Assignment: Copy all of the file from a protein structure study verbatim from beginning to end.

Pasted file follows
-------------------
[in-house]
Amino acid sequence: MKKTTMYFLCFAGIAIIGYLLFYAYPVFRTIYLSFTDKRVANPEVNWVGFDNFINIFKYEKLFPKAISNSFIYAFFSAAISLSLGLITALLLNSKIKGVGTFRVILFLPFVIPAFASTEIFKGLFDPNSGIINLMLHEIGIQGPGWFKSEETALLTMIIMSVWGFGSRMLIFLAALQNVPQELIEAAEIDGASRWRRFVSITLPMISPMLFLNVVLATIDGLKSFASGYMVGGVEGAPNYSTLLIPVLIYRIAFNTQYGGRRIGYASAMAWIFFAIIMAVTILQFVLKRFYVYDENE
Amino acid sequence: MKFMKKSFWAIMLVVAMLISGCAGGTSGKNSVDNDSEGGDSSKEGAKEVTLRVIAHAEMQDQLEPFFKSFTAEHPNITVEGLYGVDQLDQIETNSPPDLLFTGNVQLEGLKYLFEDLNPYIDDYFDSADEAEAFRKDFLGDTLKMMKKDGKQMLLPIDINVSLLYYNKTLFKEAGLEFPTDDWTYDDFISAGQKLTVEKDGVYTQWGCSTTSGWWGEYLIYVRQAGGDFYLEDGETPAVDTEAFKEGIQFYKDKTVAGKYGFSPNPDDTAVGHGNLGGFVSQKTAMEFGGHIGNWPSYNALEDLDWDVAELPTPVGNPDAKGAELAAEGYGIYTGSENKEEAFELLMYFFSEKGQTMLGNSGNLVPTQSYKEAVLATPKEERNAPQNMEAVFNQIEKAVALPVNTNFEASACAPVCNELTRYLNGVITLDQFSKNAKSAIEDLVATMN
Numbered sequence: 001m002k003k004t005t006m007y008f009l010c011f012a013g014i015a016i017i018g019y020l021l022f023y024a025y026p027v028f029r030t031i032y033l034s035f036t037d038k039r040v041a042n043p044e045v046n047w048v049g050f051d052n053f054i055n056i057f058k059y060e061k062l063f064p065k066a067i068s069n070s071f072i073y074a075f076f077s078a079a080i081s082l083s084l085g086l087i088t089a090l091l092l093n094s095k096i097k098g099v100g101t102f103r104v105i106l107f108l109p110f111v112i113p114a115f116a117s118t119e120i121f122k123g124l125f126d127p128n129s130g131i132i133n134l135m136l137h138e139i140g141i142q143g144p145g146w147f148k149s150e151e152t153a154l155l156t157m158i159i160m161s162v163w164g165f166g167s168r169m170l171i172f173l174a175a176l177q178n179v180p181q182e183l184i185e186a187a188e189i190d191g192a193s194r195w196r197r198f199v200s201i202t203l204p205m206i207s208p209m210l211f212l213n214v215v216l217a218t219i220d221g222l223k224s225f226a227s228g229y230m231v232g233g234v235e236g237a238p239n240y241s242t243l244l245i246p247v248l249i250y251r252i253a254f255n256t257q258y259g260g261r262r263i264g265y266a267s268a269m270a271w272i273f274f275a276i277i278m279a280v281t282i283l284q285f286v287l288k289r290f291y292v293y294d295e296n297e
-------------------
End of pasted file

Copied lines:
[in-house]
Amino acid sequence: MKKTTMYFLCFAGIAIIGYLLFYAYPVFRTIYLSFTDKRVANPEVNWVGFDNFINIFKYEKLFPKAISNSFIYAFFSAAISLSLGLITALLLNSKIKGVGTFRVILFLPFVIPAFASTEIFKGLFDPNSGIINLMLHEIGIQGPGWFKSEETALLTMIIMSVWGFGSRMLIFLAALQNVPQELIEAAEIDGASRWRRFVSITLPMISPMLFLNVVLATIDGLKSFASGYMVGGVEGAPNYSTLLIPVLIYRIAFNTQYGGRRIGYASAMAWIFFAIIMAVTILQFVLKRFYVYDENE
Amino acid sequence: MKFMKKSFWAIMLVVAMLISGCAGGTSGKNSVDNDSEGGDSSKEGAKEVTLRVIAHAEMQDQLEPFFKSFTAEHPNITVEGLYGVDQLDQIETNSPPDLLFTGNVQLEGLKYLFEDLNPYIDDYFDSADEAEAFRKDFLGDTLKMMKKDGKQMLLPIDINVSLLYYNKTLFKEAGLEFPTDDWTYDDFISAGQKLTVEKDGVYTQWGCSTTSGWWGEYLIYVRQAGGDFYLEDGETPAVDTEAFKEGIQFYKDKTVAGKYGFSPNPDDTAVGHGNLGGFVSQKTAMEFGGHIGNWPSYNALEDLDWDVAELPTPVGNPDAKGAELAAEGYGIYTGSENKEEAFELLMYFFSEKGQTMLGNSGNLVPTQSYKEAVLATPKEERNAPQNMEAVFNQIEKAVALPVNTNFEASACAPVCNELTRYLNGVITLDQFSKNAKSAIEDLVATMN
Numbered sequence: 001m002k003k004t005t006m007y008f009l010c011f012a013g014i015a016i017i018g019y020l021l022f023y024a025y026p027v028f029r030t031i032y033l034s035f036t037d038k039r040v041a042n043p044e045v046n047w048v049g050f051d052n053f054i055n056i057f058k059y060e061k062l063f064p065k066a067i068s069n070s071f072i073y074a075f076f077s078a079a080i081s082l083s084l085g086l087i088t089a090l091l092l093n094s095k096i097k098g099v100g101t102f103r104v105i106l107f108l109p110f111v112i113p114a115f116a117s118t119e120i121f122k123g124l125f126d127p128n129s130g131i132i133n134l135m136l137h138e139i140g141i142q143g144p145g146w147f148k149s150e151e152t153a154l155l156t157m158i159i160m161s162v163w164g165f166g167s168r169m170l171i172f173l174a175a176l177q178n179v180p181q182e183l184i185e186a187a188e189i190d191g192a193s194r195w196r197r198f199v200s201i202t203l204p205m206i207s208p209m210l211f212l213n214v215v216l217a218t219i220d221g222l223k224s225f226a227s228g229y230m231v232g233g234v235e236g237a238p239n240y241s242t243l244l245i246p247v248l249i250y251r252i253a254f255n256t257q258y259g260g261r262r263i264g265y266a267s268a269m270a271w272i273f274f275a276i277i278m279a280v281t282i283l284q285f286v287l288k289r290f291y292v293y294d295e296n297e